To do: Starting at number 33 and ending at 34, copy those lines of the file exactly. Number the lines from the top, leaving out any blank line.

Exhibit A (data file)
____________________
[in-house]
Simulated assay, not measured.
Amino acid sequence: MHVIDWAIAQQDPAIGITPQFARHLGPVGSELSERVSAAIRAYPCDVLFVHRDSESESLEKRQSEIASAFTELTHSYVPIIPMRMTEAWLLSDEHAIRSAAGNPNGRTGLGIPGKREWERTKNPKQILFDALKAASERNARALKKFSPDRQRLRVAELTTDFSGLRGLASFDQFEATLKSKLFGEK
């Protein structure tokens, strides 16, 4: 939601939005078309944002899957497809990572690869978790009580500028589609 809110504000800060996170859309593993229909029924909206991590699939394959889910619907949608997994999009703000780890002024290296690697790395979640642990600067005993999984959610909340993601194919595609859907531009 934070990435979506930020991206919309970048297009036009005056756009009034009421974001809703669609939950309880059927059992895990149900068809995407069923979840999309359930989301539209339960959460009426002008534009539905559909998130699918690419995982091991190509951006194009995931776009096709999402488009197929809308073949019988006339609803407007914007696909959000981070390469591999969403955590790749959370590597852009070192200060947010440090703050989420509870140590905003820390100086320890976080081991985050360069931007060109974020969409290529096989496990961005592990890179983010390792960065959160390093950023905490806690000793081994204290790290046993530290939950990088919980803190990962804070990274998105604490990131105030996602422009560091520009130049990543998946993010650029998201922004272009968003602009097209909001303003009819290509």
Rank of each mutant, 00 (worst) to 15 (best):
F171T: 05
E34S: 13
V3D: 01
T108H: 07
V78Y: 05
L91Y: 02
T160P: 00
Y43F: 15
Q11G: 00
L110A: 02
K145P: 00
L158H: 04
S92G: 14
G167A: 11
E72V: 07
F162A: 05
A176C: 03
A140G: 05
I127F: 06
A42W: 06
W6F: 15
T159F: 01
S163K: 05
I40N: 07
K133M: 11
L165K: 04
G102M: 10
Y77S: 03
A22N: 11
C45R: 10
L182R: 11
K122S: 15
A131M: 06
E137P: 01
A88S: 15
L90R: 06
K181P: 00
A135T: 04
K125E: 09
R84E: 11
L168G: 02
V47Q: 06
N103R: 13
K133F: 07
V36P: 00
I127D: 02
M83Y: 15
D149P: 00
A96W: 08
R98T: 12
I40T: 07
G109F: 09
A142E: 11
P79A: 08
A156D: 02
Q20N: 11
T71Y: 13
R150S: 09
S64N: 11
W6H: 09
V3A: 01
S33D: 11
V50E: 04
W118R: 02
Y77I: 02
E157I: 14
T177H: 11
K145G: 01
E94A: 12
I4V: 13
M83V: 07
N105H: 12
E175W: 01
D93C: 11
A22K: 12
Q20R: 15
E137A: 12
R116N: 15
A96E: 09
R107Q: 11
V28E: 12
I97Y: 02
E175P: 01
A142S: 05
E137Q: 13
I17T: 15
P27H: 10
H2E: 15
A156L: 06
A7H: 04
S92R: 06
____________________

Y77S: 03
A22N: 11